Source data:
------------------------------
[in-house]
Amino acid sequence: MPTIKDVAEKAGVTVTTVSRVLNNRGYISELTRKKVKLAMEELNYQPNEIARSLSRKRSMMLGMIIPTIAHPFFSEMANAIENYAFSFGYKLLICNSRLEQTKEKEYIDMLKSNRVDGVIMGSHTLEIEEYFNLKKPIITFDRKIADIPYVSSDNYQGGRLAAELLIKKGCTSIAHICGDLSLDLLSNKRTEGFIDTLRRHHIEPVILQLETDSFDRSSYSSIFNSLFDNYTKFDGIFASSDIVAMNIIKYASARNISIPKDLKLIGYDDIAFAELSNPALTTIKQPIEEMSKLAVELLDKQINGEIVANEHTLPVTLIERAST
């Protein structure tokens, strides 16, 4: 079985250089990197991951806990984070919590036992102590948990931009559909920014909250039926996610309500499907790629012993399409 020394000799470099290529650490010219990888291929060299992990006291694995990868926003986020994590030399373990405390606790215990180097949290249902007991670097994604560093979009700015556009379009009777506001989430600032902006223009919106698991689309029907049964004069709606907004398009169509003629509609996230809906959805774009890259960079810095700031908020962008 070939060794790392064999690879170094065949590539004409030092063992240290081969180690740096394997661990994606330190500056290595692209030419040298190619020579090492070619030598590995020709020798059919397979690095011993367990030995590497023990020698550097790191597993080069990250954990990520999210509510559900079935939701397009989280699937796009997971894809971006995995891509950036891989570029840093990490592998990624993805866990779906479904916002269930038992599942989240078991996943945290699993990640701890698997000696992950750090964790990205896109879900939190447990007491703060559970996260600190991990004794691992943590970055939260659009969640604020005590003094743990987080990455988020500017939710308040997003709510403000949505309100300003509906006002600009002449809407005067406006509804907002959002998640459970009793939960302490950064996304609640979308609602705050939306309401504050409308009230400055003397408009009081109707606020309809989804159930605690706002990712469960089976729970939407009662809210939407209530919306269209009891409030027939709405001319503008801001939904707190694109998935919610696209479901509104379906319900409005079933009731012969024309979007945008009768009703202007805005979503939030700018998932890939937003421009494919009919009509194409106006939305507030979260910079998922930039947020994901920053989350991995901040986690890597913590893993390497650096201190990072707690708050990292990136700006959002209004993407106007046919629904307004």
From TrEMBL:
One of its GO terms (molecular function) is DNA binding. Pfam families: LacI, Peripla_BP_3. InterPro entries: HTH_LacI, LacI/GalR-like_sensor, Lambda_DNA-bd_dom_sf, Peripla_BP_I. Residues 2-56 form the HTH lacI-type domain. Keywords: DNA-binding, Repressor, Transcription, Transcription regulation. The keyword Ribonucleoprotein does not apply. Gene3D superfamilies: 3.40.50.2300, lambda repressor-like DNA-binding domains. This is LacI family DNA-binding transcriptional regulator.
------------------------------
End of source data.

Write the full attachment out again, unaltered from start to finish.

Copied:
[in-house]
Amino acid sequence: MPTIKDVAEKAGVTVTTVSRVLNNRGYISELTRKKVKLAMEELNYQPNEIARSLSRKRSMMLGMIIPTIAHPFFSEMANAIENYAFSFGYKLLICNSRLEQTKEKEYIDMLKSNRVDGVIMGSHTLEIEEYFNLKKPIITFDRKIADIPYVSSDNYQGGRLAAELLIKKGCTSIAHICGDLSLDLLSNKRTEGFIDTLRRHHIEPVILQLETDSFDRSSYSSIFNSLFDNYTKFDGIFASSDIVAMNIIKYASARNISIPKDLKLIGYDDIAFAELSNPALTTIKQPIEEMSKLAVELLDKQINGEIVANEHTLPVTLIERAST
């Protein structure tokens, strides 16, 4: 079985250089990197991951806990984070919590036992102590948990931009559909920014909250039926996610309500499907790629012993399409 020394000799470099290529650490010219990888291929060299992990006291694995990868926003986020994590030399373990405390606790215990180097949290249902007991670097994604560093979009700015556009379009009777506001989430600032902006223009919106698991689309029907049964004069709606907004398009169509003629509609996230809906959805774009890259960079810095700031908020962008 070939060794790392064999690879170094065949590539004409030092063992240290081969180690740096394997661990994606330190500056290595692209030419040298190619020579090492070619030598590995020709020798059919397979690095011993367990030995590497023990020698550097790191597993080069990250954990990520999210509510559900079935939701397009989280699937796009997971894809971006995995891509950036891989570029840093990490592998990624993805866990779906479904916002269930038992599942989240078991996943945290699993990640701890698997000696992950750090964790990205896109879900939190447990007491703060559970996260600190991990004794691992943590970055939260659009969640604020005590003094743990987080990455988020500017939710308040997003709510403000949505309100300003509906006002600009002449809407005067406006509804907002959002998640459970009793939960302490950064996304609640979308609602705050939306309401504050409308009230400055003397408009009081109707606020309809989804159930605690706002990712469960089976729970939407009662809210939407209530919306269209009891409030027939709405001319503008801001939904707190694109998935919610696209479901509104379906319900409005079933009731012969024309979007945008009768009703202007805005979503939030700018998932890939937003421009494919009919009509194409106006939305507030979260910079998922930039947020994901920053989350991995901040986690890597913590893993390497650096201190990072707690708050990292990136700006959002209004993407106007046919629904307004």
From TrEMBL:
One of its GO terms (molecular function) is DNA binding. Pfam families: LacI, Peripla_BP_3. InterPro entries: HTH_LacI, LacI/GalR-like_sensor, Lambda_DNA-bd_dom_sf, Peripla_BP_I. Residues 2-56 form the HTH lacI-type domain. Keywords: DNA-binding, Repressor, Transcription, Transcription regulation. The keyword Ribonucleoprotein does not apply. Gene3D superfamilies: 3.40.50.2300, lambda repressor-like DNA-binding domains. This is LacI family DNA-binding transcriptional regulator.